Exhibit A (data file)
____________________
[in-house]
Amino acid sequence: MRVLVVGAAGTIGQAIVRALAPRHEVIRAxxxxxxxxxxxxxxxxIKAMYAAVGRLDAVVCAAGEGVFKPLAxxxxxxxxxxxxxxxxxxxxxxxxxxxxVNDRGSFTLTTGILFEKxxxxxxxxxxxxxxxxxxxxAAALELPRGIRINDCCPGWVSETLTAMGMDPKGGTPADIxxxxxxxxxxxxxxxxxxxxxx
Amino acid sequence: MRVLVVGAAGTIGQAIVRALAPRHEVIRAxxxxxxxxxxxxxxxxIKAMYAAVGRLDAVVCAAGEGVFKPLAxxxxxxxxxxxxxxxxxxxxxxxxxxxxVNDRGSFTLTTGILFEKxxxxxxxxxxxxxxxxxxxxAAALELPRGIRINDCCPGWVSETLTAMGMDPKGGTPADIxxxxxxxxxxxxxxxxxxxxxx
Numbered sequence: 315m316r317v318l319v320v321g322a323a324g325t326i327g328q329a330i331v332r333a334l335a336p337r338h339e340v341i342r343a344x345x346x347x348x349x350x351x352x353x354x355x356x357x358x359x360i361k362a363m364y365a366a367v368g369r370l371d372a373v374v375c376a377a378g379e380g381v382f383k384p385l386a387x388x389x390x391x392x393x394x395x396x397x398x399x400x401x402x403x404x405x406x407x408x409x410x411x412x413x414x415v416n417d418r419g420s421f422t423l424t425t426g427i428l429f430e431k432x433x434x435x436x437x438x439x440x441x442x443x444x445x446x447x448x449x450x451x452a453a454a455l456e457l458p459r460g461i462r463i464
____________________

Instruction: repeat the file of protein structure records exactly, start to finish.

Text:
[in-house]
Amino acid sequence: MRVLVVGAAGTIGQAIVRALAPRHEVIRAxxxxxxxxxxxxxxxxIKAMYAAVGRLDAVVCAAGEGVFKPLAxxxxxxxxxxxxxxxxxxxxxxxxxxxxVNDRGSFTLTTGILFEKxxxxxxxxxxxxxxxxxxxxAAALELPRGIRINDCCPGWVSETLTAMGMDPKGGTPADIxxxxxxxxxxxxxxxxxxxxxx
Amino acid sequence: MRVLVVGAAGTIGQAIVRALAPRHEVIRAxxxxxxxxxxxxxxxxIKAMYAAVGRLDAVVCAAGEGVFKPLAxxxxxxxxxxxxxxxxxxxxxxxxxxxxVNDRGSFTLTTGILFEKxxxxxxxxxxxxxxxxxxxxAAALELPRGIRINDCCPGWVSETLTAMGMDPKGGTPADIxxxxxxxxxxxxxxxxxxxxxx
Numbered sequence: 315m316r317v318l319v320v321g322a323a324g325t326i327g328q329a330i331v332r333a334l335a336p337r338h339e340v341i342r343a344x345x346x347x348x349x350x351x352x353x354x355x356x357x358x359x360i361k362a363m364y365a366a367v368g369r370l371d372a373v374v375c376a377a378g379e380g381v382f383k384p385l386a387x388x389x390x391x392x393x394x395x396x397x398x399x400x401x402x403x404x405x406x407x408x409x410x411x412x413x414x415v416n417d418r419g420s421f422t423l424t425t426g427i428l429f430e431k432x433x434x435x436x437x438x439x440x441x442x443x444x445x446x447x448x449x450x451x452a453a454a455l456e457l458p459r460g461i462r463i464